FCC rejects Liberty Media bid for Sirius XM control

Sat May 5, 2012 12:41pm EDT

* John Malone company has 40 pct Sirius XM stake

* Liberty Media claimed de facto control over Sirius XM

* FCC dismisses Liberty Media application

By Liana B. Baker

May 5 (Reuters) - A federal regulator dismissed John Malone's Liberty Media Corp's application to take control of Sirius XM Radio Inc with its current stake of 40 percent.

Friday's decision by the U.S. Federal Communications Commission came after Liberty Media, Sirius XM's largest shareholder, in March requested approval to take over the company's operating licenses, arguing that it had de facto control of Sirius XM with its large stake and board seats.

Liberty acquired its 40 percent stake in 2009 as part of deal in which it loaned the satellite radio provider $530 million to help it avoid bankruptcy.

But its strategy to use the FCC to transfer control of Sirius XM's operating licenses failed.

The FCC said Liberty's application was not "sufficient" to show it was in control of the company. Liberty was not able to get passwords, signatures and other information from Sirius XM to properly submit its application, the FCC said.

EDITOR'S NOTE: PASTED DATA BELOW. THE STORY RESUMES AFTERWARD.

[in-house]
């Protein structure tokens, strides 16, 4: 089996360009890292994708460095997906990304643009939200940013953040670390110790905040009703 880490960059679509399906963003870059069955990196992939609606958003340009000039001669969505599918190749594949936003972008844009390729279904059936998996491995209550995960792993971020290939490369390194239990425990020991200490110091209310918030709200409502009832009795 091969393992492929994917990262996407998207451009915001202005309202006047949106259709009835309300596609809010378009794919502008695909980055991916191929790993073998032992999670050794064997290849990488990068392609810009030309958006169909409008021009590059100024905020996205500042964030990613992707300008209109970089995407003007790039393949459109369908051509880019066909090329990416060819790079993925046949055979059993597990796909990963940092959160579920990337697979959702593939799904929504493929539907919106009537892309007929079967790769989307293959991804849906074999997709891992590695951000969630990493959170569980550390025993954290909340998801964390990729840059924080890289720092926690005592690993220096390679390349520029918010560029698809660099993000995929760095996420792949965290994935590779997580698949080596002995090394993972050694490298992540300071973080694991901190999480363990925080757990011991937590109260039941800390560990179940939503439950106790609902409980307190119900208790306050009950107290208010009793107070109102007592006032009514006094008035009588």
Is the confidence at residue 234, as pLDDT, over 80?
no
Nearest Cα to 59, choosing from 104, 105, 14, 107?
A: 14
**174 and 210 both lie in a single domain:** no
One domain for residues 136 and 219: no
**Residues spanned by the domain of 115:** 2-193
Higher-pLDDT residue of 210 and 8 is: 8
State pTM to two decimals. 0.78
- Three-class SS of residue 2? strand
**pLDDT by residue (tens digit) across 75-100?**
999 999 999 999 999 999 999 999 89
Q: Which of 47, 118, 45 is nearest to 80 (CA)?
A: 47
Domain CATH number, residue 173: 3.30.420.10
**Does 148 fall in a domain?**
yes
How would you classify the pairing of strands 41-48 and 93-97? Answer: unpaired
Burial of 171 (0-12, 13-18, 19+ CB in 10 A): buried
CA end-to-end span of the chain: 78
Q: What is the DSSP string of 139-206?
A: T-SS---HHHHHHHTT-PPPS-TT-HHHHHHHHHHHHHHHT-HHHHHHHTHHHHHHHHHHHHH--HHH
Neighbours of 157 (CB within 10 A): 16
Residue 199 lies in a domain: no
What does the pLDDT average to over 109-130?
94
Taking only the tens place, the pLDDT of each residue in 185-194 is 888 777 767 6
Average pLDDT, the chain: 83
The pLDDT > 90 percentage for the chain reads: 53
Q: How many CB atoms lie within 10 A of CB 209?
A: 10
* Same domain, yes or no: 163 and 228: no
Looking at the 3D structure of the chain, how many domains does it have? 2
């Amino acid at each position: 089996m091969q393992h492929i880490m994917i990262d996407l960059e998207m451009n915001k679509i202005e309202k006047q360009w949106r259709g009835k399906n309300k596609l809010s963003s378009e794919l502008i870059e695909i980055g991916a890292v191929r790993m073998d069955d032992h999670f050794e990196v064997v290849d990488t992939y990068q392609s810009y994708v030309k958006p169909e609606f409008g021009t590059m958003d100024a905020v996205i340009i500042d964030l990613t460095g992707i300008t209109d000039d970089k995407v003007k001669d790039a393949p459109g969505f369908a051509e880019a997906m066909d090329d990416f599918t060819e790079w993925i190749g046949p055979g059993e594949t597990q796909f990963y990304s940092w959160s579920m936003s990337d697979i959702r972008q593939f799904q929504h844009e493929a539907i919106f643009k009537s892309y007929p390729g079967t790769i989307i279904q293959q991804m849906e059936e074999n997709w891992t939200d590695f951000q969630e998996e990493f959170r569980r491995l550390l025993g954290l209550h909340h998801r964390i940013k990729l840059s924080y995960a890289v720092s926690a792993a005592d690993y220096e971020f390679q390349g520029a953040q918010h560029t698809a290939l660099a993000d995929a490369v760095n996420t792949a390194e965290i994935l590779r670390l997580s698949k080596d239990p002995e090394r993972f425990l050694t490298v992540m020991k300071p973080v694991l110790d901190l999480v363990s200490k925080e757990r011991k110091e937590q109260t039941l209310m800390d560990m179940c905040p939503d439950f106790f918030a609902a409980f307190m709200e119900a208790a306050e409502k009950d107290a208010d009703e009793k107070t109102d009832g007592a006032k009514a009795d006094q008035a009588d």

Liberty still has other options to gain control of Sirius XM, whose 22.3 million subscribers make it the largest U.S. satellite radio provider.

Executives at Liberty have said the company could boost its stake above 49.9 percent. It already holds five of Sirius XM's 13 board seats.

Sirius XM CEO Mel Karmazin said on a conference call last week that Sirius XM was not currently "combative" with Liberty. He said he did not know what Liberty planned to do with its 40 percent stake.

"If the time comes that Liberty's interests are different than the other 60 percent of shareholders, we will do what we have to do to protect the interest of our 60 percent of shareholders," he said.

Sirius XM and Liberty Media did not immediately respond to a request for comment on Saturday.

Comments (0)
This discussion is now closed. We welcome comments on our articles for a limited period after their publication.